Ever since the 1960 Chevrolet Engineering Research Vehicle (or CERV as it was called), Chevrolet has wanted to produce a mid-engine Corvette. Zora Duntov was the main thrust behind a mid-engine Corvette, he saw it has a way to provide the Corvette a perfect 50/50 front and rear weight ratio for ultimate handling. While many super high performance cars have over the last 50 years adopted a mid-engine platform, the Corvette has remained true to its roots by staying a front engine rear wheel drive sports car. This has not stopped Chevrolet from showcasing several mid-engine Corvette concept cars over the years, to tantalize Corvette fans.
Fast forward to the present, it doesn’t matter which 2017 Corvette model you buy – the Corvette Stingray, Corvette Grand Sport, or Corvette Z06 the buyer is getting a crazy amount of super car performance for the money.
Chevrolet after teasing for almost 60 years will finally rollout an all-new mid-engine Corvette C8 for the 2019 model year. This will be GM’s second attempt at a mid-engine production car, the first was the Pontiac Fiero three
decades ago. The Fiero was a budget sports car while the new 2019 Corvette will be a high dollar six figure sports car that will have a base price of of anywhere from $100,000 to $150,000. This sounds absurd until you look at the all-new mid-engine 2017 Ford GT which is estimated to cost $400,000. Even so, Chevrolet is gambling big with the C8 which is expected to have a perfect 50/50 front to rear weight ratio. Unlike all past new generation Corvette releases which have been evolutionary, the change from the C7 to the C8 will be revolutionary. Converting to a mid-engine platform will turn what was in essence a 2-seat American muscle car with European sports car handling manners, into a European exotic super sports car.
Traditional Corvette buyers may interpret this as a slap in the face. After-all a 2017 Corvette Stingray has a base price of $55,400 which is very reasonable when you consider the performance offered. There are several generations of current Corvette buyers, from 20 to 80 years of age. These buyers love the current Corvette, for the 2016 model year the Corvette sold a whopping 40,689 units which was the best sales year in a long time. Rumors are Chevrolet has taken this into account and when the C8 arrives for 2019, Chevrolet will continue production of the C7 through the 2021 model year in order to not upset its loyal customer base. Though Chevrolet has not made an official statement, this does leave the door open to the fact if C7 sales continue to remain strong after the release of the C8, Chevrolet may continue production and eventually release an updated new front-engine rear-wheel drive Corvette model. This would give buyers a budget Corvette with a traditional front-engine rear-wheel drive layout and a high-end mid-engine Corvette. On the flip side of the coin if C7 sales fall after the release of the C8, then the C7 will surely be doomed. There is always a possibility Chevrolet may surprise us and offer a more budget oriented version of the C8 which would have a much lower base price and would be priced a little above what the current C7 sells for.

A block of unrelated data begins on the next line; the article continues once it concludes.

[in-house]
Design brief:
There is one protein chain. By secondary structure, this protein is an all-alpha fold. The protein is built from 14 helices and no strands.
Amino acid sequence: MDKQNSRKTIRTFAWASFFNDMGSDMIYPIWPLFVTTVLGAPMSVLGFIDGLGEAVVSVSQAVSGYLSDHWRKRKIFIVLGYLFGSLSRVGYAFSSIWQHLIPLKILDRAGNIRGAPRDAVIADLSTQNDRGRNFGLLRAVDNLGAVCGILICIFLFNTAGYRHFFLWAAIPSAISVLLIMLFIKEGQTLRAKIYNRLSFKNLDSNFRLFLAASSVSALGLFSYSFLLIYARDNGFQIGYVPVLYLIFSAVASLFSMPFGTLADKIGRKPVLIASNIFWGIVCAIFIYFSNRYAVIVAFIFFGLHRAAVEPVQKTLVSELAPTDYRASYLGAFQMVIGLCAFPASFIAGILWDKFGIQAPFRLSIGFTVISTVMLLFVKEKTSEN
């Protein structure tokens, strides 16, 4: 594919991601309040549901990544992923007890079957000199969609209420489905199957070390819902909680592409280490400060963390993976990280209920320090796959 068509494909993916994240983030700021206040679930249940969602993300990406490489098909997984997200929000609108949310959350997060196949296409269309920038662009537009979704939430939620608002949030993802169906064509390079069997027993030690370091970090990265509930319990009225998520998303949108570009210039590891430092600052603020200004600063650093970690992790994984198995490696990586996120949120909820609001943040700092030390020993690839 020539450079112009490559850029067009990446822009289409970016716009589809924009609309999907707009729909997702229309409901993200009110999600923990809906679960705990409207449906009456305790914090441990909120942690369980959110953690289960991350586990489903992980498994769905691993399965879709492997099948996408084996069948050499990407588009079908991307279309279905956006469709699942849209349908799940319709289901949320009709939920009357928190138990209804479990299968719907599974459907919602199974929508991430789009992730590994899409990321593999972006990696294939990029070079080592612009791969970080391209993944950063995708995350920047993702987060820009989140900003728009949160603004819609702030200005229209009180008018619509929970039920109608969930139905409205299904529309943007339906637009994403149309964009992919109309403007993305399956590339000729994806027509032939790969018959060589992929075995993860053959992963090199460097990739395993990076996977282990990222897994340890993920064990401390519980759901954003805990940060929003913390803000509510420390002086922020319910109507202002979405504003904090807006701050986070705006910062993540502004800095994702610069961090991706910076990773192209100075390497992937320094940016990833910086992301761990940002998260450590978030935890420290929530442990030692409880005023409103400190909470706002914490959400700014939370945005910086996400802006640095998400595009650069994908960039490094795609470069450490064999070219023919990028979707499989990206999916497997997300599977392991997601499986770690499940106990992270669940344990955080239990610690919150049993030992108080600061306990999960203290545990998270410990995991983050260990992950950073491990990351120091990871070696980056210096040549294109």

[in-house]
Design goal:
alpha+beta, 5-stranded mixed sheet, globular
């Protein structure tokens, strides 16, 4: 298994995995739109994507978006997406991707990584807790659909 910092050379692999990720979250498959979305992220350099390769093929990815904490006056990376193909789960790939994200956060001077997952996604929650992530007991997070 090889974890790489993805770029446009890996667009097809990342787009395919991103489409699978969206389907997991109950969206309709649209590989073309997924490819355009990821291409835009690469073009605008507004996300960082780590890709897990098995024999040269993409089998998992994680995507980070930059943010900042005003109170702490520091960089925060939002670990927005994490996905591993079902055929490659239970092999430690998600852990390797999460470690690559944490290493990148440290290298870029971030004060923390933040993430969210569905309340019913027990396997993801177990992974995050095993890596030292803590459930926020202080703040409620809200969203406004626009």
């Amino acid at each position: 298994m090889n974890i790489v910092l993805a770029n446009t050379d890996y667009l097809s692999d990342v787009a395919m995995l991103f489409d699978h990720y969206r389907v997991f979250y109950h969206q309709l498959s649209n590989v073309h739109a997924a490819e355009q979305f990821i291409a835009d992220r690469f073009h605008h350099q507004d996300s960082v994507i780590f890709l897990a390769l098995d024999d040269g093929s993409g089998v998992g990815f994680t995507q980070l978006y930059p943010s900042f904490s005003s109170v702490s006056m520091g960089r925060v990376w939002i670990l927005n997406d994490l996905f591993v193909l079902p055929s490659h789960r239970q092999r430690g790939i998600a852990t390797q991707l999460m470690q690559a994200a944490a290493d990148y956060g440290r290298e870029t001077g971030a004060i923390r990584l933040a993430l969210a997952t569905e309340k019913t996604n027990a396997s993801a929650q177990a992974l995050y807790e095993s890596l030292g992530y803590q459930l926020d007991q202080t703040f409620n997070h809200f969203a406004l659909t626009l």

One thing is for sure Chevrolet in its long term plans has to consider the average Corvette buyer, walking away from 40,000 yearly sales and moving to much lower production volume isn’t sound business sense. After-all it is the average Corvette buyer who can’t afford a 6 figure car that makes up a majority of current Corvette sales.
Current rumors have us believe the C8 will only be offered in a dual clutch automatic transmission with steering wheel paddle shifters. The small-block pushrod V8 will continue as the the Corvette’s powerplant in the C8. It may drop down from the current 6.2 liters to as low as 4.4 liters in displacement. It will either have twin turbos or a supercharger setup. This new engine will be rated at around 750 horsepower and is rumored to called the LT5.
Car and Driver magazine has revealed the C8 flagship will be called the Corvette Zora ZR1. It’s a fitting name since Zora Duntov envisioned a mid-engined Corvette over a half century ago. The body style will be elegant yet very attractive. Just like the C7, expect that the C8 will use multiple vents scattered around the body to maximize aerodynamics, improve brake cooling, and maximize engine cooling. The C8 aluminum frame is expected to be stronger and lighter than the current C7 aluminum frame. Chevrolet will also find other methods of weight loss including the possible replacement of the Corvette’s traditional fiberglass body with crash-resistant carbon-composite material according to Car and Driver. Expect the C8 to weight at least 100 lbs less than the 3,300 lb 2017 Corvette Stringray.
There’s no doubt the that the mid-engine C8 is going to be a game changer for Chevrolet. With the C8, Chevrolet is setting its sights on beating the best that Ferrari and Lamborghini have to offer. The C8 will be the most anticipated new Corvette ever.
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